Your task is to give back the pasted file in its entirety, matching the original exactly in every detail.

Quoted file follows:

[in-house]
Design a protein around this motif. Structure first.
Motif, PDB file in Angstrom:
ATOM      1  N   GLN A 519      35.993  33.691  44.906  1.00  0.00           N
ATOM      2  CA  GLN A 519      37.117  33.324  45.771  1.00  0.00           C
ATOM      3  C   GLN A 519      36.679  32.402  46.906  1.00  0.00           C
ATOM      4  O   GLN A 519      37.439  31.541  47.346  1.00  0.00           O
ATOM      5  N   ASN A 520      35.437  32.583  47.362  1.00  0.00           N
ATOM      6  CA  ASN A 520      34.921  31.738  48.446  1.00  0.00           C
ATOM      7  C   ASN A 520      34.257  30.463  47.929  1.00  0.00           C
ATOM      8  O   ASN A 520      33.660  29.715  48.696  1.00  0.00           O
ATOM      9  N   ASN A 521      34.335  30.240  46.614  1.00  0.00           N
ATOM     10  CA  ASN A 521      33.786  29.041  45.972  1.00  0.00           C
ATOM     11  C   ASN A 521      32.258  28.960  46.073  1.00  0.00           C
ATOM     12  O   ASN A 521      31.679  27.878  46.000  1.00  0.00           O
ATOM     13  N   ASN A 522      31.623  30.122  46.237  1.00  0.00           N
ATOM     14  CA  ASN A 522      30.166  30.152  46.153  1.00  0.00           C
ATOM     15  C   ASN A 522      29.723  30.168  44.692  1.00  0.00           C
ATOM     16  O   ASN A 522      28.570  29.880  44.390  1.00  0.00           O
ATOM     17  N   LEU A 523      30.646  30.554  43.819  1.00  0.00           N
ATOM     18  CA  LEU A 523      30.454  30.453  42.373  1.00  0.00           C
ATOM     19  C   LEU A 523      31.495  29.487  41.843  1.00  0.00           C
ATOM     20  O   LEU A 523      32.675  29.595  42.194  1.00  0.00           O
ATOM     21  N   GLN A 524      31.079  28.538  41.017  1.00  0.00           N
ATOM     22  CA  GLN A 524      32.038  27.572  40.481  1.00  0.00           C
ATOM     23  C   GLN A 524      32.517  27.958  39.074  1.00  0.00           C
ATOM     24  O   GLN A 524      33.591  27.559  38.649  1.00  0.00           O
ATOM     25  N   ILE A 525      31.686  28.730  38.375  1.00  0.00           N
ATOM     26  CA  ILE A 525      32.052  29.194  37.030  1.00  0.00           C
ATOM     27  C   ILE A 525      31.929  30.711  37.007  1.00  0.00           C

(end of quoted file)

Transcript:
[in-house]
Design a protein around this motif. Structure first.
Motif, PDB file in Angstrom:
ATOM      1  N   GLN A 519      35.993  33.691  44.906  1.00  0.00           N
ATOM      2  CA  GLN A 519      37.117  33.324  45.771  1.00  0.00           C
ATOM      3  C   GLN A 519      36.679  32.402  46.906  1.00  0.00           C
ATOM      4  O   GLN A 519      37.439  31.541  47.346  1.00  0.00           O
ATOM      5  N   ASN A 520      35.437  32.583  47.362  1.00  0.00           N
ATOM      6  CA  ASN A 520      34.921  31.738  48.446  1.00  0.00           C
ATOM      7  C   ASN A 520      34.257  30.463  47.929  1.00  0.00           C
ATOM      8  O   ASN A 520      33.660  29.715  48.696  1.00  0.00           O
ATOM      9  N   ASN A 521      34.335  30.240  46.614  1.00  0.00           N
ATOM     10  CA  ASN A 521      33.786  29.041  45.972  1.00  0.00           C
ATOM     11  C   ASN A 521      32.258  28.960  46.073  1.00  0.00           C
ATOM     12  O   ASN A 521      31.679  27.878  46.000  1.00  0.00           O
ATOM     13  N   ASN A 522      31.623  30.122  46.237  1.00  0.00           N
ATOM     14  CA  ASN A 522      30.166  30.152  46.153  1.00  0.00           C
ATOM     15  C   ASN A 522      29.723  30.168  44.692  1.00  0.00           C
ATOM     16  O   ASN A 522      28.570  29.880  44.390  1.00  0.00           O
ATOM     17  N   LEU A 523      30.646  30.554  43.819  1.00  0.00           N
ATOM     18  CA  LEU A 523      30.454  30.453  42.373  1.00  0.00           C
ATOM     19  C   LEU A 523      31.495  29.487  41.843  1.00  0.00           C
ATOM     20  O   LEU A 523      32.675  29.595  42.194  1.00  0.00           O
ATOM     21  N   GLN A 524      31.079  28.538  41.017  1.00  0.00           N
ATOM     22  CA  GLN A 524      32.038  27.572  40.481  1.00  0.00           C
ATOM     23  C   GLN A 524      32.517  27.958  39.074  1.00  0.00           C
ATOM     24  O   GLN A 524      33.591  27.559  38.649  1.00  0.00           O
ATOM     25  N   ILE A 525      31.686  28.730  38.375  1.00  0.00           N
ATOM     26  CA  ILE A 525      32.052  29.194  37.030  1.00  0.00           C
ATOM     27  C   ILE A 525      31.929  30.711  37.007  1.00  0.00           C